In world where user interface designs of Operating Systems are rapidly changing, I’m finding the interface of Ubuntu 12.04 LTS very re-assuring and almost familiar. You don’t have learn any gestures or get fingerprints all over your screen. Here are some of features and functions of the Precise Pangoline release of Ubuntu that Windows users will find reassuring:
1. Power Buttons. The Windows world has been rocked by the lack of a traditionally placed start menu button in Windows 8. But, in my alternative Linux reality, there is a button in the upper right corner that handles powering the machine down, system settings, software and OS updates, and other functions. At the top of the application launcher bar on the left side of the screen, users will find the “Dash Home” button. It brings up a transparent window with your recently used applications, files, and downloads. It’s quite intuitive.
2. Ease of Wireless Network Login. If you have a wireless network in your home, it doesn’t really matter what kind of device you bring to the party. With my Network password, I was able to log in and start surfing without any problems.
3. Cut and Paste. I still don’t know how to cut and paste on my Nook Color, but left clicking, highlighting to select text and Control-C and Control-V work just fine on an Ubuntu machine.
4. Browsers. We’ve all been bouncing from browser to browser for years depending on who was fastest, most secure, or perceived to be the coolest. Ubuntu comes with the familiar Firefox browser that everyone knows. To get flash, you simply install the Chromium browser which is the open source project that underlies the Google Chrome browser.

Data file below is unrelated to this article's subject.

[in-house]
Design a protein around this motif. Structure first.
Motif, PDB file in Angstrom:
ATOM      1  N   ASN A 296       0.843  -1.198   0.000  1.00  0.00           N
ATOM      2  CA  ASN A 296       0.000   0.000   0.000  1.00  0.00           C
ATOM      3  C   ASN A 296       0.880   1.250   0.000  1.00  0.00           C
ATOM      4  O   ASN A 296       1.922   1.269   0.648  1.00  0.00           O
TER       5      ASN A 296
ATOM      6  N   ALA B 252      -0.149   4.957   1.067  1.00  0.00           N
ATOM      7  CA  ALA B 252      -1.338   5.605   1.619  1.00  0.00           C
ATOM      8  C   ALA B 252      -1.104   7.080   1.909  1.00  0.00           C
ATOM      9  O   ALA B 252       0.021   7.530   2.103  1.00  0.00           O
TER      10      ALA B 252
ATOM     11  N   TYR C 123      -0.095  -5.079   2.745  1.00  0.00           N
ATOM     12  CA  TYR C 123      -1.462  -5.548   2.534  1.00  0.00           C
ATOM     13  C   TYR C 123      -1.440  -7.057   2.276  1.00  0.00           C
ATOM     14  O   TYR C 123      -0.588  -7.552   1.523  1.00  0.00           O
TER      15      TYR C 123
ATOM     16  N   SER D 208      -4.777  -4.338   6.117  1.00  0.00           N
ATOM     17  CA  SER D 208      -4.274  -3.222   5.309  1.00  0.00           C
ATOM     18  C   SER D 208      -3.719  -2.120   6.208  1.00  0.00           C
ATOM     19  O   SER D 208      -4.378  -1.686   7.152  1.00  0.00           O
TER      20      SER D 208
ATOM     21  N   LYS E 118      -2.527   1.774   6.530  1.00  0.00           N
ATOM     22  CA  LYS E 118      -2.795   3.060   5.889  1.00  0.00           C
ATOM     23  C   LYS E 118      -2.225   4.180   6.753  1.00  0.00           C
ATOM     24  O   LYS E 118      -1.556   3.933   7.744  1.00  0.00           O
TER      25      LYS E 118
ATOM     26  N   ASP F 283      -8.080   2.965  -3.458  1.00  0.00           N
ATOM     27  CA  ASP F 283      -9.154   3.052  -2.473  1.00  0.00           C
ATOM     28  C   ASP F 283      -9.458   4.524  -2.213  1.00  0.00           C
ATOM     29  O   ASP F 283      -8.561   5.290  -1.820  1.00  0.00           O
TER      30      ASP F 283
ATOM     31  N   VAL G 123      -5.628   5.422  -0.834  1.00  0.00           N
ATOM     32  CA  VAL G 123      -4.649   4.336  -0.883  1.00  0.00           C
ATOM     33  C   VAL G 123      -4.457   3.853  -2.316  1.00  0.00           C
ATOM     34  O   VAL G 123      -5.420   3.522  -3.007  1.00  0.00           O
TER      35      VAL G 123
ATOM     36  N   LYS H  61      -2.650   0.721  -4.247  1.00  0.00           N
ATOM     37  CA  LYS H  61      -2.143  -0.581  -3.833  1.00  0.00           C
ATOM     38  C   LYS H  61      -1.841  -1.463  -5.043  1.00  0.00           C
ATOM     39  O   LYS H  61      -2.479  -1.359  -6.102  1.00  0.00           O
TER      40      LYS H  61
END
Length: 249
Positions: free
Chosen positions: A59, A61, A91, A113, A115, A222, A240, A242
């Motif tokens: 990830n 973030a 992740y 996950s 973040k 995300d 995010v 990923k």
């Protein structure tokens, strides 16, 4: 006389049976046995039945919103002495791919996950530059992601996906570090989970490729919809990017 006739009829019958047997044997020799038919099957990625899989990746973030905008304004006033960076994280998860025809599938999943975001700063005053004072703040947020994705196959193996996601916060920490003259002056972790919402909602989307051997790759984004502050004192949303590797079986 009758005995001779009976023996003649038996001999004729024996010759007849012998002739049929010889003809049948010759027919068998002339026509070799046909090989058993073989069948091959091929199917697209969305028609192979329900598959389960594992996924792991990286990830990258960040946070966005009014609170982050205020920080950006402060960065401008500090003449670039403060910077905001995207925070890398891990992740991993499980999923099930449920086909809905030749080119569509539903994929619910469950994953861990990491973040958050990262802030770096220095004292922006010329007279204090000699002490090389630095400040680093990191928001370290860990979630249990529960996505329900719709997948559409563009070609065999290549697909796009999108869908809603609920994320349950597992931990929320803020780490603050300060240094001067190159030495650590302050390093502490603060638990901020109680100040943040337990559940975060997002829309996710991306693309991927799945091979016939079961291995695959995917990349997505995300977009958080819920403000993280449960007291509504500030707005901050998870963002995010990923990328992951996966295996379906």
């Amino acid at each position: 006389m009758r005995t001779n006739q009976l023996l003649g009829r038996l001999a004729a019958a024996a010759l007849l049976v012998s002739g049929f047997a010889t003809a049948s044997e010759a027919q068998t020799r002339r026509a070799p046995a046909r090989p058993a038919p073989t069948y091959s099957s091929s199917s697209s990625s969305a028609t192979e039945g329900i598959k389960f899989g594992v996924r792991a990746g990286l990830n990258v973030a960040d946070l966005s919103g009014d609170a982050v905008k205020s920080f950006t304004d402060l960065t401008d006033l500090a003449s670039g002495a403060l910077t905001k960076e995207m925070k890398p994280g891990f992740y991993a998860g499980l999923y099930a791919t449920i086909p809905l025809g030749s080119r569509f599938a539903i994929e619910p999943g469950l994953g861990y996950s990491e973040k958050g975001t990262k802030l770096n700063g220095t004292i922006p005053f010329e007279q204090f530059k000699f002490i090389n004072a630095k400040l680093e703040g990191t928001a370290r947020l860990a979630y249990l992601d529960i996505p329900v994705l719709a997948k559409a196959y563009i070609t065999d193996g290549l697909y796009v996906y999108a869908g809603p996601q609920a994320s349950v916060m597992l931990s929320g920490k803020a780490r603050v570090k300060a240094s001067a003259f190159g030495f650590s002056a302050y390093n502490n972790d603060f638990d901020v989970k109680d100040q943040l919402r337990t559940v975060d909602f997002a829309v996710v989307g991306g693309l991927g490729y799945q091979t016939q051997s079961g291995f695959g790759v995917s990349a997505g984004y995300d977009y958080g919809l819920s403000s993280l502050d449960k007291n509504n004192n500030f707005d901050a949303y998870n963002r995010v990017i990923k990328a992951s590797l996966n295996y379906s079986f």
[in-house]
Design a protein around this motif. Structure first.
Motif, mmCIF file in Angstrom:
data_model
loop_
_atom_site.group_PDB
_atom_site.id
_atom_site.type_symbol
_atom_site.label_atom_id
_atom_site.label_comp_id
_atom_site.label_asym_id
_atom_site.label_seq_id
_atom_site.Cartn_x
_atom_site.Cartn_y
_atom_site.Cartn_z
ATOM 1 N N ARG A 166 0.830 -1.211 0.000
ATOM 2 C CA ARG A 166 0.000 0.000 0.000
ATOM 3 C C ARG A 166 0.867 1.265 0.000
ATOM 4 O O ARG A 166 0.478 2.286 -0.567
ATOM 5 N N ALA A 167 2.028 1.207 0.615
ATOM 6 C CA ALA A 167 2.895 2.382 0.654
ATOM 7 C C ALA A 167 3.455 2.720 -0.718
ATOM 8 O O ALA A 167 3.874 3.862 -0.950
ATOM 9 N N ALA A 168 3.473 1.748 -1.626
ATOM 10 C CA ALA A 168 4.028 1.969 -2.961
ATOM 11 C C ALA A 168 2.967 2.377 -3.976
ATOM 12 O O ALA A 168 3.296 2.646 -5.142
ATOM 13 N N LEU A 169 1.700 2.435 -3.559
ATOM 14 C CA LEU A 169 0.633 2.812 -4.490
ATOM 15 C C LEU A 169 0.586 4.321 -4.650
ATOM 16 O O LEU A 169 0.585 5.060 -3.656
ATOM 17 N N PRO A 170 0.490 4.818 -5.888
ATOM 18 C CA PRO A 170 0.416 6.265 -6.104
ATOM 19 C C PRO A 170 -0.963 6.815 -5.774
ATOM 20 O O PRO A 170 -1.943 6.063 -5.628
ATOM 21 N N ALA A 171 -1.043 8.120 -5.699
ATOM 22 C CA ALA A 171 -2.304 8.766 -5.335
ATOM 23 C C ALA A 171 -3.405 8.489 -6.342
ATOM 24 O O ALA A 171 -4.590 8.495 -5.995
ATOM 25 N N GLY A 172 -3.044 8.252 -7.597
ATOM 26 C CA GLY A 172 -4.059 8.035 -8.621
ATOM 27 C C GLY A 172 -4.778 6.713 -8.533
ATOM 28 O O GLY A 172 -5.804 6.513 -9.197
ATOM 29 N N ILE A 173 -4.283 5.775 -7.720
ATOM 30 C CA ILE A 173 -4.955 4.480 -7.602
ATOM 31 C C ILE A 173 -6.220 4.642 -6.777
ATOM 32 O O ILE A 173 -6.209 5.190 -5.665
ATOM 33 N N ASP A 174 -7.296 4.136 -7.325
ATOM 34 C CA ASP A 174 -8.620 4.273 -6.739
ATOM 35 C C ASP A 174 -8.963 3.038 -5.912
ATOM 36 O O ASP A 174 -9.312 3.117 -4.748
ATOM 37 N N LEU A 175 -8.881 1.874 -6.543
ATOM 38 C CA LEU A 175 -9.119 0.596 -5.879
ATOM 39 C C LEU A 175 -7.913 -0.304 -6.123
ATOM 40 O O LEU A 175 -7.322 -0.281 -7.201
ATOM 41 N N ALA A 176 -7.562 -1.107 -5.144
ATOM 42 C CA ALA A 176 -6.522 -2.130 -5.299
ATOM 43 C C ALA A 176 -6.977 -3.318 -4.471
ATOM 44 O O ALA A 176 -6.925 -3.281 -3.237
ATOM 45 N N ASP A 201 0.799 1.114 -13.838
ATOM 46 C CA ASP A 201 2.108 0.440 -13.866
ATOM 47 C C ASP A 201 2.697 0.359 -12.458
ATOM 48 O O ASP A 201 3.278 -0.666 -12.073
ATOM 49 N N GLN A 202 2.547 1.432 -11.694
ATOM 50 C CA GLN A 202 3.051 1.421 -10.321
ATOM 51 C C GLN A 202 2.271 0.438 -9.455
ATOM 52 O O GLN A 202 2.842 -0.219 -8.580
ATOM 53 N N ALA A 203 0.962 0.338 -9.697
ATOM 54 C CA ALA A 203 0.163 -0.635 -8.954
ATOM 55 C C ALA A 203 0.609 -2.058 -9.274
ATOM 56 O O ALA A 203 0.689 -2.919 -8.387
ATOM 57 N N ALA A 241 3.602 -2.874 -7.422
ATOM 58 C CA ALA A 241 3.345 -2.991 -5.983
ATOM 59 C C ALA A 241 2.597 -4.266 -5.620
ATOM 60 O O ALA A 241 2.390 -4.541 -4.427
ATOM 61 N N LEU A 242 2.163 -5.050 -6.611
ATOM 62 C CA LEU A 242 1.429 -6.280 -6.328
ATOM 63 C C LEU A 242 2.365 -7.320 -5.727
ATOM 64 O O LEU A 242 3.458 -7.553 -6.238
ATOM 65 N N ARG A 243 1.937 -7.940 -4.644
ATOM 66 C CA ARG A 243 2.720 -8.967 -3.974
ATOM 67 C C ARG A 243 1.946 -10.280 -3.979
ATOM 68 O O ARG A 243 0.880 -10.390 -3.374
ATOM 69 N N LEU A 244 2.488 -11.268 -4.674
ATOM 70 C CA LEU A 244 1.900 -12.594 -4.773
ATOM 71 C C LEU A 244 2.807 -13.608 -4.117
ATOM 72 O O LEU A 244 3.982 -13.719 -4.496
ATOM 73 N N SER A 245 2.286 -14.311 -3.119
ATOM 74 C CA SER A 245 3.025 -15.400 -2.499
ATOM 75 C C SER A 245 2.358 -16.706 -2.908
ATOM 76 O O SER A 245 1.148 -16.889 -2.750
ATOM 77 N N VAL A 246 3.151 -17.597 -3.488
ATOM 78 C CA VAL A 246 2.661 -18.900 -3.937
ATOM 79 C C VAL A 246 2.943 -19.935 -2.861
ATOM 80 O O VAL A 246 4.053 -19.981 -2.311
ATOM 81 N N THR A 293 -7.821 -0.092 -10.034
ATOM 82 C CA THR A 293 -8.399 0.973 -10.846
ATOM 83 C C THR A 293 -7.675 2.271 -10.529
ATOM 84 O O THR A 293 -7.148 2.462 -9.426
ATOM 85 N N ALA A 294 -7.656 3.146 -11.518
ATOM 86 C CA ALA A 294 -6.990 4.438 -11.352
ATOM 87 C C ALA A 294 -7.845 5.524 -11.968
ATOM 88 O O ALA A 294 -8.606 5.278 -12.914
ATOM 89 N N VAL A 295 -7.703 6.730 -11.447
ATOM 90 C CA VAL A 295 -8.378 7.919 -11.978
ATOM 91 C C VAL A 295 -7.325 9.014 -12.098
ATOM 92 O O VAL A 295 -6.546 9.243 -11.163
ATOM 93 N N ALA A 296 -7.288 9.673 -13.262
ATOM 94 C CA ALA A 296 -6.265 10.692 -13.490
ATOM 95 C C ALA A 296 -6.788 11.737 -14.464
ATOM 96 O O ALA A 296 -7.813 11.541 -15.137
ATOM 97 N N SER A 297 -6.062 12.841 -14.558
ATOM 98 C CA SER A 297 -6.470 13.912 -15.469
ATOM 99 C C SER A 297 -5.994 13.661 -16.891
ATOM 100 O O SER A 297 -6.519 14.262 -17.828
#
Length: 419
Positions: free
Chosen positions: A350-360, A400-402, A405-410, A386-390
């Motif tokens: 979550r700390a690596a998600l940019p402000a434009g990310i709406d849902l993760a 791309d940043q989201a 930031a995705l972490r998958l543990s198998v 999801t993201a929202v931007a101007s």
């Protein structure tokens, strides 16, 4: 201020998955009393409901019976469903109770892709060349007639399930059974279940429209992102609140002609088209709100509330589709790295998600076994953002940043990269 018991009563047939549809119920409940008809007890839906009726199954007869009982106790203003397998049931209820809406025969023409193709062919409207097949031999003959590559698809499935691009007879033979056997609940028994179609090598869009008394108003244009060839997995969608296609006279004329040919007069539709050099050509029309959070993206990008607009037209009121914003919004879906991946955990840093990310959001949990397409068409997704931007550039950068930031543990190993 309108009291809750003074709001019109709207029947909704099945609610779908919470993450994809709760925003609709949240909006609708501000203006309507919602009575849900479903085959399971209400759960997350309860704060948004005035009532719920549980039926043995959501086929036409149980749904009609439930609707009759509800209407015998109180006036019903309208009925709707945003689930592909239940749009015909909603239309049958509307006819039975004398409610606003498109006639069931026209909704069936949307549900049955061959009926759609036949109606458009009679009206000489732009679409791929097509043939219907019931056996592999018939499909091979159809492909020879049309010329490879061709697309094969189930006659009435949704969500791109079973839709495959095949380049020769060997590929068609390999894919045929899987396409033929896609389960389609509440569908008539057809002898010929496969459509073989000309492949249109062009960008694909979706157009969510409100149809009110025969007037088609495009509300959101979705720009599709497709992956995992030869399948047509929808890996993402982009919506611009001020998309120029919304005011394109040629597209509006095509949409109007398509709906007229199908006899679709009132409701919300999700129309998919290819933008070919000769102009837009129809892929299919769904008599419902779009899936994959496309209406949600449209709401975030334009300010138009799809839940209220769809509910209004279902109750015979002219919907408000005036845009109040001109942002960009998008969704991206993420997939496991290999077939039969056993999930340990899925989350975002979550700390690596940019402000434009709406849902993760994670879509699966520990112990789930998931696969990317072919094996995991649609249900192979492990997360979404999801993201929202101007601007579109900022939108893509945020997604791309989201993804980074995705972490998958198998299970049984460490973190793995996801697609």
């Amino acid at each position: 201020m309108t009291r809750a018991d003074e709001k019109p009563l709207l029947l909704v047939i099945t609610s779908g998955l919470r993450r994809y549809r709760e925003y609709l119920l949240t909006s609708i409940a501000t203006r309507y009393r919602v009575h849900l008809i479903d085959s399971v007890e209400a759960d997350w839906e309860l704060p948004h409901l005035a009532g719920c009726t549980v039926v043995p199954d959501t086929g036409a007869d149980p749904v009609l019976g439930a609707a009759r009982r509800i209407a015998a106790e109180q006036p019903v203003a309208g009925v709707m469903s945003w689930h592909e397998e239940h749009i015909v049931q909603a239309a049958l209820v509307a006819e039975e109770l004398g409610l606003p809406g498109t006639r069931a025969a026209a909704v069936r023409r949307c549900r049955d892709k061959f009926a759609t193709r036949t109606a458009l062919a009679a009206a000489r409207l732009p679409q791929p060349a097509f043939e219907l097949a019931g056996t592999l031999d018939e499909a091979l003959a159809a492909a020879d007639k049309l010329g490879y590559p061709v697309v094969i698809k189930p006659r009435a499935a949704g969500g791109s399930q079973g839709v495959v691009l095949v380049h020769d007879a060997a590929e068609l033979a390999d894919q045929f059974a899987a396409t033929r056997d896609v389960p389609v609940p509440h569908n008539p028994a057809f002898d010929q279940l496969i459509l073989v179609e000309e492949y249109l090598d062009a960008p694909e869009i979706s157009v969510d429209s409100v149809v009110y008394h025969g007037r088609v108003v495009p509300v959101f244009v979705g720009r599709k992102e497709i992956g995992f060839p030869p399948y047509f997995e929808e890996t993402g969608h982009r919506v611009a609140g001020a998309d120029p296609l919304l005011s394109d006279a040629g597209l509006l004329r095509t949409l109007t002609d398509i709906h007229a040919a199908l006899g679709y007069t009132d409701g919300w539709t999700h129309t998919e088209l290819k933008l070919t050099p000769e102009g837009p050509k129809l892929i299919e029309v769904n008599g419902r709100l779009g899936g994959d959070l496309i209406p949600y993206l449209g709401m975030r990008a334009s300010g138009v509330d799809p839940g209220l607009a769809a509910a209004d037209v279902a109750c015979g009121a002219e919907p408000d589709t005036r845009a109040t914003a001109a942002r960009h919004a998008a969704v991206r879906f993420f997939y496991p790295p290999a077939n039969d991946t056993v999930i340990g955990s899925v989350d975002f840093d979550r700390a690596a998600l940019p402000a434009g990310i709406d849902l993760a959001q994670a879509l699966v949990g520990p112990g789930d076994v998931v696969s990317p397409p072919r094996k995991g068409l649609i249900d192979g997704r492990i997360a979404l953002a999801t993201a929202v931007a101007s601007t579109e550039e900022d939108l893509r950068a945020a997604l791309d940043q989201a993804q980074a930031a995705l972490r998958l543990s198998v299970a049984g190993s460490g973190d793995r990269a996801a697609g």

5. Traditional Menu in LibreOffice. If you are still befuddled by the “ribbon device” that Microsoft introduced with Office 2007, there is no need to worry. The free Open Source office suite LibreOffice has a fairly traditional menu system and you’ll quickly pick it up.
6. Ability to Recognize Thumb Drives. I was pleased that Ubuntu recognized all of my old thumb drives. It made it easy to backup and transfer files and documents from Windows over to my new operating system.
7. Recognition of Windows Files. The Ubuntu operating system is able to recognize and work with Windows file format. Linux office was able to recognize, use, and save to Microsoft Office file formats. It’s re-assuring not to lose your financial spreadsheets and Word documents when you switch from Windows.
With an application launch bar on one side and intuitive icons, experienced Windows users will have little trouble navigating around in Ubuntu Linux in order to surf and perform basic functions. Ultimately, the switch to Linux is not that radical.
Other articles by this contributor:
Book Review: the $100 Startup by Chris Guillebeau
Retro Gaming Review: Why We Bought a Coleco ADAM
Notes from a Linux Novice 1: Why I Chose Linux Ubuntu 12.04 LTS Over Windows 8